Part II Going green. What will it take?
Walking the sustainability talk.
By walking the sustainability talk
Brett Fidler may well be the man to help the city of Tulsa “walk the sustainability talk.” Mayor Taylor appointed him last December as her special adviser for sustainability. Fidler says he hopes this position will become the city’s Office of Sustainability later this summer with approval of the City Council.
In his current position, he is studying the city’s sustainable practices as well as researching the best practices of other cities.
“Everybody looks to Portland, San Francisco, New York City, etc., but there’s also Kansas City, Dallas-Fort Worth, Austin and even Fayetteville, Ark., that are doing sustainable things,” Fidler says. “We’ll look at the good things these other cities have done and adapt them to Tulsa and also build on the good things we have in place here already. We do not have to reinvent the wheel, but we can make what others do work for Tulsa.”
Fidler, who works at the Tulsa Zoo and served as its director of conservation for five years, helping to design a conservation and use-reduction program, says it will be important not just for the city of Tulsa to start sustainable practices, but for the entire metro area to participate, too.
“It’s going to take the surrounding communities, too, but Tulsa has to lead,” he says. “We need to lead the way in recycling, for example, and everything is going to work better if we have Owasso, Sand Springs, Bixby and Broken Arrow involved.”
Fidler points to Mayor Taylor’s decision to move City Hall to the One Technology Center building as a good example of a sustainable practice (see “A Closer Look” on p. 20). The building is more energy efficient, and by consolidating outlying offices in one place, the city has reduced its fuel consumption and emissions. Fidler says he expects reviews of the city’s vehicle fleet to culminate in more hybrid vehicles as well as diesel vehicles being converted to cleaner compressed natural gas (CNG). The city has one CNG trash truck with grants for two more. Additionally, hybrid vehicles are being purchased when fleet vehicles are replaced. The city also has a vigorous recycling program for employees. Down the road, contractors may be required to meet certain green codes before they can do business with the city.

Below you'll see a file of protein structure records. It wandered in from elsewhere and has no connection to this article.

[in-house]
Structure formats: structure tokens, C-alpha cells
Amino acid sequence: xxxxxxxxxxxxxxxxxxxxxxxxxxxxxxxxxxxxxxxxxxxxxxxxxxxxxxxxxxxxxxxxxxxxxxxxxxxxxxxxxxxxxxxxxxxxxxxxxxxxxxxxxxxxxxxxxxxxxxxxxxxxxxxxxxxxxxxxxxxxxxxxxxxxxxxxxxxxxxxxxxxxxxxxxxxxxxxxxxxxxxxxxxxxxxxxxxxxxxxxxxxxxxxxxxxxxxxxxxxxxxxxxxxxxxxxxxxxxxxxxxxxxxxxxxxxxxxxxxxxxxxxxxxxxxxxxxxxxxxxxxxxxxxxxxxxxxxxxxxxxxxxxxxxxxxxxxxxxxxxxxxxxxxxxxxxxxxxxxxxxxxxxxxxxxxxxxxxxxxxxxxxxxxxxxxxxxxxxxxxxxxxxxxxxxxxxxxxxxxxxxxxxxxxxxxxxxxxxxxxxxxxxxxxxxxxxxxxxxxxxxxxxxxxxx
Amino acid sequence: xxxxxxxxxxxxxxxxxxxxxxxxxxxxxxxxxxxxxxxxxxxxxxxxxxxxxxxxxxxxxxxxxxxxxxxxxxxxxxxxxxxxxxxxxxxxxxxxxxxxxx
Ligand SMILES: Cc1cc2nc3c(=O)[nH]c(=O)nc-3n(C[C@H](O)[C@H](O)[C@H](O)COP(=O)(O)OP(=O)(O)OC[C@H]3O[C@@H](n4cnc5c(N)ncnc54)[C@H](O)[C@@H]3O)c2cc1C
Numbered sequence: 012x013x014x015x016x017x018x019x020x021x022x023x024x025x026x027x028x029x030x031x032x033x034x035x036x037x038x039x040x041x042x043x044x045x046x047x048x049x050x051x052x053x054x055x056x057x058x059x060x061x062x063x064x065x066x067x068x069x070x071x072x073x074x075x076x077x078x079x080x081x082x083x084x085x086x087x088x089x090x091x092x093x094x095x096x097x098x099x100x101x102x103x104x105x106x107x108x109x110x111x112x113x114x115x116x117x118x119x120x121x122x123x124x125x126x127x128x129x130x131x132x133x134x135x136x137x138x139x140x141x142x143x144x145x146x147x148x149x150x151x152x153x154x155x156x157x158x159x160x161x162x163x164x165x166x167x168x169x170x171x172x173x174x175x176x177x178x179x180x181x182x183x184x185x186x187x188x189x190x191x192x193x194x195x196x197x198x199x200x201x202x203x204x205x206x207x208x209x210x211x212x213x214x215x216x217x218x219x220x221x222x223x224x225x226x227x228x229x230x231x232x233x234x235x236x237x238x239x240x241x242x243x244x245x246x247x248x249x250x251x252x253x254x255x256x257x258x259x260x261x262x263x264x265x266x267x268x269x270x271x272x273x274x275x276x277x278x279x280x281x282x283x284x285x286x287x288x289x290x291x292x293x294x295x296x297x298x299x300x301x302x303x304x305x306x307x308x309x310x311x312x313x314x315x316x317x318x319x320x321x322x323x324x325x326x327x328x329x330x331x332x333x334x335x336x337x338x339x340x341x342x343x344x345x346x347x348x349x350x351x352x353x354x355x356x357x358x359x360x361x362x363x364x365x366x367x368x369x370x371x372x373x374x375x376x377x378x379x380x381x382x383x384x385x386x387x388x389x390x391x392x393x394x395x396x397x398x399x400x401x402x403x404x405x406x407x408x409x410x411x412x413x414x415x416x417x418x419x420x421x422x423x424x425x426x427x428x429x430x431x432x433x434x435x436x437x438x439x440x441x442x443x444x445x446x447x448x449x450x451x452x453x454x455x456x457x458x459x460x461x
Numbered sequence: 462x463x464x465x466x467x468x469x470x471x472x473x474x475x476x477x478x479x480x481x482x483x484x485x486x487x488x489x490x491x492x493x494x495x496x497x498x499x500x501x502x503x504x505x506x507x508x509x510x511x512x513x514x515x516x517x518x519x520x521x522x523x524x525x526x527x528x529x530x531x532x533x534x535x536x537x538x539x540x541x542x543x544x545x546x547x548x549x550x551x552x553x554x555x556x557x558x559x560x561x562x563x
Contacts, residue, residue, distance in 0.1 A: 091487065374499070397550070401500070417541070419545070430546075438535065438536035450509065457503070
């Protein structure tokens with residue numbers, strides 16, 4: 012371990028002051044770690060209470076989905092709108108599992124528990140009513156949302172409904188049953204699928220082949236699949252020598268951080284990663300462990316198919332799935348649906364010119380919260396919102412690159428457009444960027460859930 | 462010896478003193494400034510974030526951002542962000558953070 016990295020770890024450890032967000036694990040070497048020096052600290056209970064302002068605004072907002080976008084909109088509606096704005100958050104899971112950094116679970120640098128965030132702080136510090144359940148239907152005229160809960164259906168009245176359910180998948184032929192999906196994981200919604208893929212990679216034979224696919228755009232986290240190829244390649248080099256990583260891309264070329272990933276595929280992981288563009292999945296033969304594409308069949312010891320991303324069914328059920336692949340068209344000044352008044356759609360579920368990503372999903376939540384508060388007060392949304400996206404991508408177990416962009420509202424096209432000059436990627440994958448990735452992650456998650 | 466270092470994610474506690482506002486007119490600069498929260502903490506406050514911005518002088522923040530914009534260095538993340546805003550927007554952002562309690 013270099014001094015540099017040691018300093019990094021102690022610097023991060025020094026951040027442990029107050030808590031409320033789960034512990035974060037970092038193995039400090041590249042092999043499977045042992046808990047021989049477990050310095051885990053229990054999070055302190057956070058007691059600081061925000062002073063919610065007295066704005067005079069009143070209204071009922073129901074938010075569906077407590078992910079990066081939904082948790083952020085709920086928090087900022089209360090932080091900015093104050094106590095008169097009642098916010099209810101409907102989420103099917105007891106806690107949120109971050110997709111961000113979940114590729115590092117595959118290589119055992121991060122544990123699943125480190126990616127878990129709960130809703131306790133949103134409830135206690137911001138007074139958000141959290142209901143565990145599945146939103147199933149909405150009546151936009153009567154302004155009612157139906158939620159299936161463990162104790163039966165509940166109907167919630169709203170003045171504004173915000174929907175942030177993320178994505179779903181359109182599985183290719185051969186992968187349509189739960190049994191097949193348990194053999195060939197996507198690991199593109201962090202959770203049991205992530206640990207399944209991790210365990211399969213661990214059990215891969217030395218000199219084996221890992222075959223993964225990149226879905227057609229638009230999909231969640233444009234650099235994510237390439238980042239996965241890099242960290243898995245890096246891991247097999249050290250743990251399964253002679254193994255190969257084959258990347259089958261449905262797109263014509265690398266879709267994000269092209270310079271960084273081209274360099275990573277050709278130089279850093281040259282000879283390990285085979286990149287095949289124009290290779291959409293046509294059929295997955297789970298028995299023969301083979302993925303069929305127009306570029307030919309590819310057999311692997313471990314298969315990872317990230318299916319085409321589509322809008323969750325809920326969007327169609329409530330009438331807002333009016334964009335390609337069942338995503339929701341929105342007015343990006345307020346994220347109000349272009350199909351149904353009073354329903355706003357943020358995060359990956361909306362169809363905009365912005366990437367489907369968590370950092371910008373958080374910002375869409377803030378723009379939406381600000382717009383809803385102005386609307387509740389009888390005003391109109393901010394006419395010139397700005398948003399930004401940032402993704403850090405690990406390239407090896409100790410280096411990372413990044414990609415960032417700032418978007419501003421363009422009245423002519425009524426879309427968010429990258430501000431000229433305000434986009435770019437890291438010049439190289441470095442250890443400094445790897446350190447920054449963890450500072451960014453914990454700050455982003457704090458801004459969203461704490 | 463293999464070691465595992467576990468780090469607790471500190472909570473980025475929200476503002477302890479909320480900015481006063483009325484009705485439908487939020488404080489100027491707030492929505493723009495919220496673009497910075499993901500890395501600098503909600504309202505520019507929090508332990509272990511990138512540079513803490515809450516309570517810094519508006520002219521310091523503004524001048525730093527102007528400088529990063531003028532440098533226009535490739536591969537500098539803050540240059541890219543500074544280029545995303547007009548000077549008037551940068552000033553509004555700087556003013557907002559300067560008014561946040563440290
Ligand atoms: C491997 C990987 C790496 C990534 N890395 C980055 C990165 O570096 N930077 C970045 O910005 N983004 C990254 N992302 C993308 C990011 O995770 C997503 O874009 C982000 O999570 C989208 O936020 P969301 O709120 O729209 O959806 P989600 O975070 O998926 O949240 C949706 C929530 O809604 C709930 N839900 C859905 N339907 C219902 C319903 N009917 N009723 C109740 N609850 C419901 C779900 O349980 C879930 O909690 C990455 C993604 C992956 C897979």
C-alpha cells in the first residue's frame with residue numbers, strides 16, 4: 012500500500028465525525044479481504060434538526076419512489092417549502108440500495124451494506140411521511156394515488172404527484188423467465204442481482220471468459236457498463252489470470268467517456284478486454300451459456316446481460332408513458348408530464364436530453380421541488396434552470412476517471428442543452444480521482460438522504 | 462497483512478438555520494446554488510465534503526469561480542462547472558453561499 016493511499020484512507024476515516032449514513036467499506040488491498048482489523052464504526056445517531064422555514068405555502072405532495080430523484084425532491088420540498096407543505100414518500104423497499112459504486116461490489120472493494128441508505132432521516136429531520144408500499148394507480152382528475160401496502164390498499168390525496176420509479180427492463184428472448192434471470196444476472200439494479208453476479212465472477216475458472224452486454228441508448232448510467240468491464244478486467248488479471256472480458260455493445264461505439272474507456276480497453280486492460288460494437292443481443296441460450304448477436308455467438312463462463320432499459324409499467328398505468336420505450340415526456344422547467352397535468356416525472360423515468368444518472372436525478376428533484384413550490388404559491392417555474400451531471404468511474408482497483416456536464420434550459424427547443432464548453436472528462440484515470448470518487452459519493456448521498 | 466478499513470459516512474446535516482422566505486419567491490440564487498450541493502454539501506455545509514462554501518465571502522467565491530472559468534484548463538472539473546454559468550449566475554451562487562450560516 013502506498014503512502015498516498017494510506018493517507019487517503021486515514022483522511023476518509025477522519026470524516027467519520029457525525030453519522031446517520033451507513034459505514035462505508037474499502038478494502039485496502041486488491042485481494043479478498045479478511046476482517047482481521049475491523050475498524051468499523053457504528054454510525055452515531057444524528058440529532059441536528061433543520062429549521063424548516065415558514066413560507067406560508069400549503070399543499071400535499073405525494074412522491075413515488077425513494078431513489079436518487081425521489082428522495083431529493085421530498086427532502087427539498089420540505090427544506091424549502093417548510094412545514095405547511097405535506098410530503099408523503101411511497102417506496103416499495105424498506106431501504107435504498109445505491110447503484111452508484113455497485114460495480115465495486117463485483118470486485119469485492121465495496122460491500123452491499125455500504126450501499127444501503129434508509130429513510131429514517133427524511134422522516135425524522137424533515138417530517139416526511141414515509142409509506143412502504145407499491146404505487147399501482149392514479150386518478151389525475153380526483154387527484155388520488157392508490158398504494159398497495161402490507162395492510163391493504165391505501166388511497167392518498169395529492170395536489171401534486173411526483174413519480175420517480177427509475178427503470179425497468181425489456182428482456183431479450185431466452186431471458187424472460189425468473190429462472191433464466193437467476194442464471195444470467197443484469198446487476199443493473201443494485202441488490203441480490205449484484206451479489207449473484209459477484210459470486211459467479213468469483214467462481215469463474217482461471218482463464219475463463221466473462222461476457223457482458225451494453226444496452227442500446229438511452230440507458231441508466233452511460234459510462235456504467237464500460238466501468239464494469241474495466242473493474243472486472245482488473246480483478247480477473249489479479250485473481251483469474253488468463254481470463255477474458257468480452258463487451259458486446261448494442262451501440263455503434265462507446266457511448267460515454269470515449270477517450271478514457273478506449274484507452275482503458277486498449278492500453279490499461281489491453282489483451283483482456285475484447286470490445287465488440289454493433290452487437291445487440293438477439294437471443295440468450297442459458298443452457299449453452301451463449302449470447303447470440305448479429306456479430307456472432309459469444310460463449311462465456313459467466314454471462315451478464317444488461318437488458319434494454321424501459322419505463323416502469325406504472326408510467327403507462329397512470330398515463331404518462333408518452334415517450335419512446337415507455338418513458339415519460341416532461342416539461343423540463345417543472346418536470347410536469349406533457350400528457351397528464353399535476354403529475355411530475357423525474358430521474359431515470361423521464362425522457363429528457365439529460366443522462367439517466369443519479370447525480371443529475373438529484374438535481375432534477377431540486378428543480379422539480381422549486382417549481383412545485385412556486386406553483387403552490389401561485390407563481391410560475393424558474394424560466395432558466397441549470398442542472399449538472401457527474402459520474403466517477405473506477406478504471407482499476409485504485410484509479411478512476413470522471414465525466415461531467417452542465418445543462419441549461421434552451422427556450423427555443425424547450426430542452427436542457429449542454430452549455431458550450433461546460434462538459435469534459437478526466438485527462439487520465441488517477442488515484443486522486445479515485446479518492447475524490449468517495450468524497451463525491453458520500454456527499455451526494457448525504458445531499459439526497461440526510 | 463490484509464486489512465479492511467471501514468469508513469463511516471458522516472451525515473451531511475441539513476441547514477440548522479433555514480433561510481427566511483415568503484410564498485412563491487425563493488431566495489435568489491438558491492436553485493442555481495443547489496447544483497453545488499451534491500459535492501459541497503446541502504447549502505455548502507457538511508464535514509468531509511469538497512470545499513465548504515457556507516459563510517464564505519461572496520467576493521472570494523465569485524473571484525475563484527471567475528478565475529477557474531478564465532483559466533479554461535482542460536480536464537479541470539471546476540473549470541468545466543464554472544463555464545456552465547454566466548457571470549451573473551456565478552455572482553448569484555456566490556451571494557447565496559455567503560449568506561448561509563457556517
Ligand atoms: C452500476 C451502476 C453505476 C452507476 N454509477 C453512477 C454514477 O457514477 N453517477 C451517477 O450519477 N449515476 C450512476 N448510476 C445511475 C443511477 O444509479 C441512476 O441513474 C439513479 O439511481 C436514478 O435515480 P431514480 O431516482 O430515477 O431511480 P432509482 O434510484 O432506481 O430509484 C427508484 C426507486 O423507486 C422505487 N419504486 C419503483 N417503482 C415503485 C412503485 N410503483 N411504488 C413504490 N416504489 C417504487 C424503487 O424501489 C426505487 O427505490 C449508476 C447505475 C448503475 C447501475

“Sustainability is really an umbrella term that includes quality of life, social justice and economics and the connections between them,” Fidler says.
By developing green industries
One key to sustainability is finding ways to enhance the economy while minimizing environmental impact.
“We have to have clean air and water, but sustainability at the city level is about improving the economy and catalyzing green industries,” Fidler says. “I’d like to see locally produced sustainable power and (also) attract green industries. Tulsa has a lot of manufacturing capacity and we could see wind generators and transmission units as well as biofuel plants.”
Fidler admits that much work remains to be done on precisely how to attract green business. Tulsa does enjoy some inherent advantages, including the fact that the cost of doing business in the city is lower than many other places. When it comes to wind energy, for example, Oklahoma currently ranks 12th nationally in wind energy generation capacity, with the blustery western part of the state already home to several wind energy farms. However, locating a wind turbine manufacturing facility in Tulsa could make good sense for a prospective company given the city’s location, amenities and cost advantages.
DMI Industries opened a wind tower factory in Tulsa in March 2008, but many projects have been delayed or set back recently because of declining fuel prices and the economic recession, according to the Tulsa World.
Providing incentives for green industries also is something that needs more study, Fidler says, including looking at tax breaks and faster permitting processes.
“There are lots of ways different cities do it and tailor their codes and ordinances, and we’ll do the same,” he says.
If the City Council approves an Office of Sustainability, Fidler and his colleagues will spend the next 12 to 24 months developing a comprehensive plan for a more sustainable Tulsa.
“We’ll be figuring out our priorities and how to implement them, but a more sustainable city would look like one that emphasizes renewable energy, better public transportation, infill development and economic stimulus through green industries and jobs,” he says.